CATHOLIC NEWS OF THE WEEK . Sunday, 1 September 2019

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Bishop calls for unity in the face of Beijing intervention

HONG KONG (SE): Speakers at a seminar on the interpretation handed down on November 7 by Beijing on Article 104 of the Basic Law, which requires the chief executive, principal officials, members of the Executive Council and of the Legislative Council, in addition to judges of the courts at all levels to obey the Basic Law, described it as a big challenge to the judicial system in Hong Kong, as well as the One Country, Two Systems principle.

The seminar, organised by the Justice and Peace Commission and the Catholic Commission for Labour Affairs on November 17 at St. Vincent’s Chapel, Wong Tai Sin, called on the people of Hong Kong to confront the intervention.

Benny Tai Yiu-ting, an associate professor of law at the University of Hong Kong, said the interpretation is not only an attack on the judicial system of the special administrative region, but also on One Country, Two Systems.

The National People’s Congress Standing Committee stipulated in its interpretation that a public officer must take an oath in a solemn and sincere way, but Tai questioned the ability of the administrator of an oath to judge whether behaviour is solemn and sincere or not.

He said Beijing’s amendment has deprived two people, Sixtus Baggio Leung Chung-hang and Yau Wai-ching, who were elected to the Legislative Council (LegCo) in September, of their political rights, as well as ignoring the political will of the tens of thousands of people who voted for them.

He described the first interpretation of the law made by Beijing in 1999 on the right of abode issue as destructive, but many people in Hong Kong just accepted the wisdom of using an interpretation to solve an immediate problem without looking at its long term impact.

Tai believes that people only paid attention to the result, without understanding the importance of proper procedure or justice, equating it to failing to firmly uphold the rule of law.

Avery Ng Man-yuen, the chairperson of the League of Social Democrats, said that many people felt powerless and frustrated after the Umbrella Movement in 2014, and since then, he has observed that the campaign for democracy has been scattered and splintered, with some people even resorting to violence.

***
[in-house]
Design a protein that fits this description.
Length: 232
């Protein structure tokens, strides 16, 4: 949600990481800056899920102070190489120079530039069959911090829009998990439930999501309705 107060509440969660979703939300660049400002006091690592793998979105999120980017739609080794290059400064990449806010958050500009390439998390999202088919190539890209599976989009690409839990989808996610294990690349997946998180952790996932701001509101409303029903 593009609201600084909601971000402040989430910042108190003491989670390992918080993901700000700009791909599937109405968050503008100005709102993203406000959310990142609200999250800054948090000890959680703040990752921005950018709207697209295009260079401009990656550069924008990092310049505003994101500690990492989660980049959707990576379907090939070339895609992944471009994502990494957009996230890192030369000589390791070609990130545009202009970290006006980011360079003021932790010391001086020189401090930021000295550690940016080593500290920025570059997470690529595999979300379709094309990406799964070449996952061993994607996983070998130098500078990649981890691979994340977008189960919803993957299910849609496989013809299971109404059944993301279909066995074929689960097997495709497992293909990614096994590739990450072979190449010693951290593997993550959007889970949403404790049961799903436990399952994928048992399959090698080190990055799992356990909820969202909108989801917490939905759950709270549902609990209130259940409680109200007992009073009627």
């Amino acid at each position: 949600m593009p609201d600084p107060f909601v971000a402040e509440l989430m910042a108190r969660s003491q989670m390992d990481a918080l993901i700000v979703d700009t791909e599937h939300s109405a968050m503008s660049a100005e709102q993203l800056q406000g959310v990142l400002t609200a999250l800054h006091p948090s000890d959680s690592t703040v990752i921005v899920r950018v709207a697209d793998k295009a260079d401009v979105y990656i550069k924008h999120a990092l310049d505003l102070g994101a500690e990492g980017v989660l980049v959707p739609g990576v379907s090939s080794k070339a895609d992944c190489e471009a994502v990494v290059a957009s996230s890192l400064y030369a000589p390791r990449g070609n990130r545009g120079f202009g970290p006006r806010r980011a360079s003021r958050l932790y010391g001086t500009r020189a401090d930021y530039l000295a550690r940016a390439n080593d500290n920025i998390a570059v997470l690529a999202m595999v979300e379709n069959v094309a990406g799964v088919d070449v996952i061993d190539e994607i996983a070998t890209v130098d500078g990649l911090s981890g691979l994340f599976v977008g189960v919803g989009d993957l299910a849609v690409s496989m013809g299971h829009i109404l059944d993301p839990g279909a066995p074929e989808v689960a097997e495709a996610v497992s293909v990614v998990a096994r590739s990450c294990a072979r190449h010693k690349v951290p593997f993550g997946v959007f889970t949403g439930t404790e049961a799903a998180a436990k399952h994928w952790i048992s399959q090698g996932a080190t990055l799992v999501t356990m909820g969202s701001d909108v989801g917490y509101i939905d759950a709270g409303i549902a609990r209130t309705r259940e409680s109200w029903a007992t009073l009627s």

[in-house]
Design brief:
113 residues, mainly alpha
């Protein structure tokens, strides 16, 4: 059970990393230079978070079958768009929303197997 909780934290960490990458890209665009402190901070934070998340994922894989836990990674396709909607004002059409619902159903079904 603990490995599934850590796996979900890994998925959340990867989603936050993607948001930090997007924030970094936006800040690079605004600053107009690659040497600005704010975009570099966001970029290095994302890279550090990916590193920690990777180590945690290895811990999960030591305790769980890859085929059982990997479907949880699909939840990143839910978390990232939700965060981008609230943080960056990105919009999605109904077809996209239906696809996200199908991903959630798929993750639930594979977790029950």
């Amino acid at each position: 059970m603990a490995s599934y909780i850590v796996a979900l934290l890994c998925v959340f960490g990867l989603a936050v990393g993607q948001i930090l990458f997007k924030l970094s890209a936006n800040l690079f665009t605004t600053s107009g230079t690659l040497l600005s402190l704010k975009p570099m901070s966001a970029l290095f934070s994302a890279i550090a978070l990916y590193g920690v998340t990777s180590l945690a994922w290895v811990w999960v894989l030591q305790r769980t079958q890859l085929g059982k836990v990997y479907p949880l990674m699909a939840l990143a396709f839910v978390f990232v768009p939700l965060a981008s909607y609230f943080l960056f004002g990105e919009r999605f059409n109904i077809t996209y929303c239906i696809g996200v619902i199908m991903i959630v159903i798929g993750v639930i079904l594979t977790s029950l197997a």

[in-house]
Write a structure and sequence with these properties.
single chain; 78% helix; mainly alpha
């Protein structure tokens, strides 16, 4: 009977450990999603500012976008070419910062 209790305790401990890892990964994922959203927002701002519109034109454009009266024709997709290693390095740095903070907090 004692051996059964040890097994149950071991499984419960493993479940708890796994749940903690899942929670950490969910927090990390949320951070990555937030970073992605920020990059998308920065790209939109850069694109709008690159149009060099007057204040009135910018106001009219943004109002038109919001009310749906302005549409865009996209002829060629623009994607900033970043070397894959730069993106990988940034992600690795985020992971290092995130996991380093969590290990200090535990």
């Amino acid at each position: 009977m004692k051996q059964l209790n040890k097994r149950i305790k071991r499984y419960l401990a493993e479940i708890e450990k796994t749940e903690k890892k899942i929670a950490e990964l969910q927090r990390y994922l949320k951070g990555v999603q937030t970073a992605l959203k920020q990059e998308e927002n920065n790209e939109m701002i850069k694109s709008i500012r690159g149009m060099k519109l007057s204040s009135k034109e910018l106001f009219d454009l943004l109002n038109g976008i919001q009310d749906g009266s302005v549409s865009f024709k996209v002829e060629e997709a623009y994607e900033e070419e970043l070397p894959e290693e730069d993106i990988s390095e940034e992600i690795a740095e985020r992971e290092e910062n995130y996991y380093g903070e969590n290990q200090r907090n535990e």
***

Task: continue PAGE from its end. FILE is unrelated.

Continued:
He said Hong Kong must stay alert and work to change the status quo peacefully through street rallies and a variety of large-scale protests.

Bishop Joseph Ha Chi-shing spoke of the responsibility of the Church, saying that he believes it needs to wake up to the spiritual power its people can exercise and the influence parish social concern groups can have on the development of civil society.

The auxiliary bishop of Hong Kong was insistent that the Church should not look at the issue with indifference and encouraged people to develop a spirituality that believes social justice can win out over what he referred to as evil structures imposed on the city.

But he lamented that some parish social concern groups have gone into the doldrums and are finding it hard to drum up interest in their work.

He said that he wants to encourage parishes to unite and join formation and exchange programmes to build up a sense of community, as it is easy to lose heart where nothing or little is done to empower people.

The Justice and Peace Commission had released a statement on November 11 saying that the interpretation is not only a direct interference in the administration of the law in Hong Kong, but amounts to an amendment of the Basic Law, as it bypasses all legal procedures.

The commission describes it as distorting the law by interfering with the normal function of the judicial system of Hong Kong.

The statement from the commission describes the interpretation as taking a dominant position over the judicial independence of Hong Kong and the right of local authorities to legislate, as well as the principle of the separation of judicial and executive powers.

It adds that the Basic Law does not mention the role of the administrator of any oath, but the interpretation has specified the authority of the administrator, as well as adding the criteria of judgement to its role in the process of taking an oath, which cannot be assessed by objective criteria.

The commission says it is fearful that these new criteria will be utilised to suppress alternative opinion in the special administrative region.

It also expressed fear that in the future, the National People’s Congress Standing Committee will find ways of barring people elected to the LegCo who have taken part in the candlelight vigil commemorating the Tiananmen Massacre on June 4 or the traditional July 1 rally from taking their seats.

Reverend Choi Yeung-mei, who initiated the Mission Citizens Campaign, said that the Church must always speak the truth in the darkness and support the marginalised.

She added that every Christian has a priestly duty to bring hope in the midst of darkness and hopes that the Umbrella Movement will have a uniting effect on all Protestants so they will work together in fulfilling their mission, instead of separately within their own denominations.

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